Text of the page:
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A Trump Bioethics Commission?
The smoke and the Sturm und Drang haven’t cleared from the greatest upset since Harry Truman defeated Tom Dewey in 1948 but it’s still possible to read some tea leaves about the role of bioethics in the new administration. To start at the top, one feature of bioethics that has set it apart from other emerging fields and helped to give it legitimacy has been a series of presidentially appointed commissions. Beginning with the National Commission in 1974 to the current Presidential Commission, every presidential administration save that of George H.W. Bush has had such a body. Two presidents took special interest in certain issues that they sent to their bioethics panels, President Clinton on human radiation experiments and cloning and President George W. Bush on stem cells.
None of these issues were apparent when the respective presidents ran for office. All emerged during their administrations and amid public demand for answers when there was no obvious place to put the questions, hence the bioethics commissions were useful. This fact makes prediction perilous. Will some issue emerge that will stimulate the Trump administration to create a bioethics body? Or, (less likely), will the administration decide to create one at the outset without a particular trigger?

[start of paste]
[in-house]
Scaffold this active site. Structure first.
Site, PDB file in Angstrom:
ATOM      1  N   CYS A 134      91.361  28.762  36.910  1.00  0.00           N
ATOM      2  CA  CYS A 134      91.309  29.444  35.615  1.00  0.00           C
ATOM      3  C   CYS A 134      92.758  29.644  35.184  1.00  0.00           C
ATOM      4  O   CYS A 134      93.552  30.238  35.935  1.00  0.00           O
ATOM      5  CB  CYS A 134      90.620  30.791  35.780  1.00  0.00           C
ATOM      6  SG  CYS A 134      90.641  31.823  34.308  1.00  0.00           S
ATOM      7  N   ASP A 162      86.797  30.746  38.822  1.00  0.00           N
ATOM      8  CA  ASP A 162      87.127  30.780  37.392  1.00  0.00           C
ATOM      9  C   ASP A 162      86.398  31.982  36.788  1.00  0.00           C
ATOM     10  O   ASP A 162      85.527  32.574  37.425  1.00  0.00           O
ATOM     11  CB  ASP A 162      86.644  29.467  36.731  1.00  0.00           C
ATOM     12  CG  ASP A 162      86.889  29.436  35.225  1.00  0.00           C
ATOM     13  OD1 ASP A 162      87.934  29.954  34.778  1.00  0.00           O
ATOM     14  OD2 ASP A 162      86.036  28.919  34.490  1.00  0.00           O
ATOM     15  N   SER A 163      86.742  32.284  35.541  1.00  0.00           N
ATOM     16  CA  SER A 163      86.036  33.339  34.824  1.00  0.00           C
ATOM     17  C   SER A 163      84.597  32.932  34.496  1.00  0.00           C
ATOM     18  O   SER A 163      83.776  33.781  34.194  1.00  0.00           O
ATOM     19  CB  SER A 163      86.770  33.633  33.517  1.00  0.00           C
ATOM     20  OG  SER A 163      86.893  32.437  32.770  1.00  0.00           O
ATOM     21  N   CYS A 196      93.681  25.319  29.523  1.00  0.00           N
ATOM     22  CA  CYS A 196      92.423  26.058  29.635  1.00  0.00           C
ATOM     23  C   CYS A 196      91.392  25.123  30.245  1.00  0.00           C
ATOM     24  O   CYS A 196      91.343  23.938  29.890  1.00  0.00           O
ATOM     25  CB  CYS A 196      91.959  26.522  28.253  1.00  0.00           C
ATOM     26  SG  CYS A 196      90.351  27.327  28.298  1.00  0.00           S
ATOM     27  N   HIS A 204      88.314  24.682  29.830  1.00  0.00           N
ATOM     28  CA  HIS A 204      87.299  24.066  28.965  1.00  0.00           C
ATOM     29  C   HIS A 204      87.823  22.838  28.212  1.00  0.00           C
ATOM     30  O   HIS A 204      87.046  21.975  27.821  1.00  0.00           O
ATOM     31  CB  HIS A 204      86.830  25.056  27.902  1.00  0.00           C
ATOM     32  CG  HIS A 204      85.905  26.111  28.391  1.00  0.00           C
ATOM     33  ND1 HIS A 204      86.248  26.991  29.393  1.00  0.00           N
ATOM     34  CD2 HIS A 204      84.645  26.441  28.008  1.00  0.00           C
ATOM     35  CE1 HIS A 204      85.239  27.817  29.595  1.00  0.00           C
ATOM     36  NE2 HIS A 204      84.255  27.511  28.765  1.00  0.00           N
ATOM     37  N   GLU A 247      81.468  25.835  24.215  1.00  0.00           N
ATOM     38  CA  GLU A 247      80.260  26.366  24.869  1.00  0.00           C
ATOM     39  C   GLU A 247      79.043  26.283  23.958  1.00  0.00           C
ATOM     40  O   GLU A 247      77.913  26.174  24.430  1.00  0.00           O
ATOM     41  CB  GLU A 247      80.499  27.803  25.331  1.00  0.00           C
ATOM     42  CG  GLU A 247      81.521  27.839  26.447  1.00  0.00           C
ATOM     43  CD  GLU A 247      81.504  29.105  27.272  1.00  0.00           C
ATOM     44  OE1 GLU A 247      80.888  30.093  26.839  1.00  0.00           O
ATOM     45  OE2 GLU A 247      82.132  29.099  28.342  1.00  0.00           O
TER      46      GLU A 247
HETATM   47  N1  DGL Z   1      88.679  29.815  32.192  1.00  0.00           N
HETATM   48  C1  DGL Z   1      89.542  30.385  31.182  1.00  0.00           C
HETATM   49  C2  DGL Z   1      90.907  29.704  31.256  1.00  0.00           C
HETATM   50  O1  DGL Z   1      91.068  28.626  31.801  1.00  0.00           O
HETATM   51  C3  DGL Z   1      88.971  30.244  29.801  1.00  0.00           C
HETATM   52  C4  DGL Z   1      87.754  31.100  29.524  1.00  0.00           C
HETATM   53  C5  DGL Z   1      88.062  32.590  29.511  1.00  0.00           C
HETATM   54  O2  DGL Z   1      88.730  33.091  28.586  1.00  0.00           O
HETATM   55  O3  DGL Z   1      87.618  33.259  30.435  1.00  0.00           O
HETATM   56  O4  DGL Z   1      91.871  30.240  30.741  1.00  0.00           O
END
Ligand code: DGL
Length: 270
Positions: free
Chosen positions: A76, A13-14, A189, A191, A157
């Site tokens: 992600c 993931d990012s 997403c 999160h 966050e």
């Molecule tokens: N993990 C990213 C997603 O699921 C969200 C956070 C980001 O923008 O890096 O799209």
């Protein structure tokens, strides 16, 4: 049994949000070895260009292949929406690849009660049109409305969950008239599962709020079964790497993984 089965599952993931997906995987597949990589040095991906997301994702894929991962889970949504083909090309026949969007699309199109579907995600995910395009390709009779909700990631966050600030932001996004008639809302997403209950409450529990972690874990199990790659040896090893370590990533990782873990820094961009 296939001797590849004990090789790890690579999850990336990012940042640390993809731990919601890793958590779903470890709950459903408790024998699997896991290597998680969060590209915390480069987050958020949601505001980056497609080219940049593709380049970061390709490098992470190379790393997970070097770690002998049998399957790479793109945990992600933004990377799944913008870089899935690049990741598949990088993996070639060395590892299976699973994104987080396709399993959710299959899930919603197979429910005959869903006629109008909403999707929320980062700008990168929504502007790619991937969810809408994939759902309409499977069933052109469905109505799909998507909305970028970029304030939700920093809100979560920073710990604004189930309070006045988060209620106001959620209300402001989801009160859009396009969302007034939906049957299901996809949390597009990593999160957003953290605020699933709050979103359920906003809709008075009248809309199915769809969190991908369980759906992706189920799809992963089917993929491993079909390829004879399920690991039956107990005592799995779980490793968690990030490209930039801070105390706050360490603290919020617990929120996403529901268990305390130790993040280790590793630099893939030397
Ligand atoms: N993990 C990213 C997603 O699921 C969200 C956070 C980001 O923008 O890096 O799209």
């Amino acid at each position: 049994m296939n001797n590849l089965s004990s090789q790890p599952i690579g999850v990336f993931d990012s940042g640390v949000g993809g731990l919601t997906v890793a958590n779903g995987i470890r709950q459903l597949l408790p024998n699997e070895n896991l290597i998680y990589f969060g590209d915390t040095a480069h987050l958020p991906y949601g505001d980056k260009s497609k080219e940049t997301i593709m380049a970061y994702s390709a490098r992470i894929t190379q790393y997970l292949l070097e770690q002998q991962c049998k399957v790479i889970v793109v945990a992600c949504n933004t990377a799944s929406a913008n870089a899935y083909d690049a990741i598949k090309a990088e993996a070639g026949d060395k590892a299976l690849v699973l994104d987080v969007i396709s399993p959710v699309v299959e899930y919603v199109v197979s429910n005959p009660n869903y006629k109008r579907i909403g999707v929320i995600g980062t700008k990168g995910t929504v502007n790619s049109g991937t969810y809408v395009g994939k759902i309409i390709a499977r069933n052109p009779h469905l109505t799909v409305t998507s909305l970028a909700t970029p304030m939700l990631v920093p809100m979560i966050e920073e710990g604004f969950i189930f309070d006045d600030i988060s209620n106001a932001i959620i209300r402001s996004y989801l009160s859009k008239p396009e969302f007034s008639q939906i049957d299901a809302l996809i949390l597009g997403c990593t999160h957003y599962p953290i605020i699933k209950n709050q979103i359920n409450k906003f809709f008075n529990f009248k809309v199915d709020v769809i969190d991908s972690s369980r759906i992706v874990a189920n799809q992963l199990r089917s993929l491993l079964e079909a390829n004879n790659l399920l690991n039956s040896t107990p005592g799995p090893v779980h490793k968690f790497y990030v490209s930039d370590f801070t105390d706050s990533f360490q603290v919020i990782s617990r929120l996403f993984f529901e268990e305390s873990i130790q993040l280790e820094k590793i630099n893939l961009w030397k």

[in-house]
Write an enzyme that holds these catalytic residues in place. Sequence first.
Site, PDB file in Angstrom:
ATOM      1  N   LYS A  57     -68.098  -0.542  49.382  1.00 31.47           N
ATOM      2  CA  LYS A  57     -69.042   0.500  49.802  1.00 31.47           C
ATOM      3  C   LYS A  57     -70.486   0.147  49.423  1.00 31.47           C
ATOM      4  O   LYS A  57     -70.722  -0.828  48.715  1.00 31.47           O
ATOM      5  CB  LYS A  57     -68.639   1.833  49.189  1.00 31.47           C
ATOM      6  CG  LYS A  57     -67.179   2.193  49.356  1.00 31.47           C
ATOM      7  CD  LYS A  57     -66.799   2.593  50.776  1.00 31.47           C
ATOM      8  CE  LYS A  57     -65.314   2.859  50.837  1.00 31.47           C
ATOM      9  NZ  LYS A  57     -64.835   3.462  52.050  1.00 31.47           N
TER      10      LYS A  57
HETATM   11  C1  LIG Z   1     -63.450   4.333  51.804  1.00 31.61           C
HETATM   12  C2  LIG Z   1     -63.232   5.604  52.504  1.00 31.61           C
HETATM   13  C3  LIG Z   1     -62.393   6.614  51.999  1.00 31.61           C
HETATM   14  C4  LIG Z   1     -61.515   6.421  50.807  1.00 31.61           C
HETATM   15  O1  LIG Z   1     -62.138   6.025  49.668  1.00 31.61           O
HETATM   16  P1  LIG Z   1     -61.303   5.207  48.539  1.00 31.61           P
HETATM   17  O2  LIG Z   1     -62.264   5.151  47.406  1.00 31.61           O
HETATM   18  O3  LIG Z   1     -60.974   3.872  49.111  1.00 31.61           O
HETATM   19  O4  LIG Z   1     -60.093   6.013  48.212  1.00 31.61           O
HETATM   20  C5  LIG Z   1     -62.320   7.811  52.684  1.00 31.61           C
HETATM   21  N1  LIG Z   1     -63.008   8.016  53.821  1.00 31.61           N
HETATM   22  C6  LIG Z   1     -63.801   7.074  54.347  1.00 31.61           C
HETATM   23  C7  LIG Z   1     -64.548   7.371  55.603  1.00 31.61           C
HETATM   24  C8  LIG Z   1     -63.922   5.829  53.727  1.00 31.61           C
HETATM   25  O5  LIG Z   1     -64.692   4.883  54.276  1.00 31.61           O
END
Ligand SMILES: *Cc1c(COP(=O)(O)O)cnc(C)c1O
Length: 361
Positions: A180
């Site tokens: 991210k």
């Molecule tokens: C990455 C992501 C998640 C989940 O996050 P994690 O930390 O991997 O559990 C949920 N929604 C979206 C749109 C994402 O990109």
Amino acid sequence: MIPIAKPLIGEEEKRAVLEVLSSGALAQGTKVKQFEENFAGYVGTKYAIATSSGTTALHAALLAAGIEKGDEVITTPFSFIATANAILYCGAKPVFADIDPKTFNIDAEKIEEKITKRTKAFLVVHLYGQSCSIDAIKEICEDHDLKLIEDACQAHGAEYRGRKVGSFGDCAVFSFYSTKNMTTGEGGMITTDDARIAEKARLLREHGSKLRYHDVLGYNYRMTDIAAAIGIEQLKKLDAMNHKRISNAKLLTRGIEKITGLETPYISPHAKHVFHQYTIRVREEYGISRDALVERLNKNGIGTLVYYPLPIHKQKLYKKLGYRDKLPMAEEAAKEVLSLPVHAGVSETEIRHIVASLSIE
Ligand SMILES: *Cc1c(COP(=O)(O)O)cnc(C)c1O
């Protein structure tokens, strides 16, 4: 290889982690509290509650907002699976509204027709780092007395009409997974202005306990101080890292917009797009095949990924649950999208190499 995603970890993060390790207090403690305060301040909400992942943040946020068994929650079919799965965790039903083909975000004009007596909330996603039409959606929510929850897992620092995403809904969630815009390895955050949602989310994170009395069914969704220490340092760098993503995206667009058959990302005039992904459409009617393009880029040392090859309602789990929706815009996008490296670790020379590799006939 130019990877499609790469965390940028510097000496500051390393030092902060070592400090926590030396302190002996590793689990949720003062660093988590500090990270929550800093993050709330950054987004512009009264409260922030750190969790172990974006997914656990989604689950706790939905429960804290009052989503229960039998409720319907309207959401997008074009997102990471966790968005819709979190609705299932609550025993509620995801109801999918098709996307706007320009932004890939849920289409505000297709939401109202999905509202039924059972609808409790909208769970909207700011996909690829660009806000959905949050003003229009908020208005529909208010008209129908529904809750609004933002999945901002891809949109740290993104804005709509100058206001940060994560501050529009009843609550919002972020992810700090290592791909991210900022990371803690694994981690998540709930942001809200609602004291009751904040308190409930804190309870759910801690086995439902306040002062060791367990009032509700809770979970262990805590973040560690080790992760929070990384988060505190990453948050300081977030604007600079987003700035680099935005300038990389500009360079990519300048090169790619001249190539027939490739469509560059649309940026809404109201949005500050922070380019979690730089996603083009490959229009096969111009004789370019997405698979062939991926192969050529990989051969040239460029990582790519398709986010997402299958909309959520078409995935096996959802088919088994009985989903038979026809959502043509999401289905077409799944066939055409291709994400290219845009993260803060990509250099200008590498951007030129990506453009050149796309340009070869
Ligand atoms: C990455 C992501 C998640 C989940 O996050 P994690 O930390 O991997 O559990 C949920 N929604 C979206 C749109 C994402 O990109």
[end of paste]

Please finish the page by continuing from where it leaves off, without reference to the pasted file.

The answer must lie in some combination of factors, especially the relationship between the governing philosophy — or, if you prefer, the ideological orientation — of the senior members of the administration and the matter that focuses their attention. (Excluded from this calculus is the president-elect himself, who doesn’t seem to have a governing philosophy, but that very absence must play into the assessment.) Among the senior members of the president-elect’s circle Ben Carson, often mentioned as a potential Department of Health and Human Services secretary, is the only one who has a special interest in bioethics. Not only does he profess a strong pro-life orientation, he was a member of the President Bush’s bioethics council and last year found himself ensnared in a briefly embarrassing disclosure of his role in a study involving stem cells in the early 1990s. Vice president-elect Mike Pence is the bridge to the establishment Republican Party and a staunch conservative. Expect him to be supportive of Carson if he champions a bioethics council.
A number of experiments involving human reproductive material could stimulate a reaction from the new administration, especially if Carson is in charge of that policy territory. For example, the development of gametes from somatic cells has recently been reported, potentially facilitating male-only reproduction. And next year the National Academies will release a consensus study on gene editing, a discussion into which the new administration might also wish to insert itself.
There is, however, a potential tension in the attitudes of Trump administration officials toward such matters that did not apply to the Bush administration. Strongly pro-life and culturally conservative officials like the new vice president and, say, Carson, might very much want to pursue restrictive policies in certain cutting-edge research, policies that could both constrain federal funding and hamper privately sponsored research. But there are also hints that the incoming administration has an even less regulatory attitude than the last Republican presidency, and the bulk of gene editing applications are in agriculture, not in human reproduction.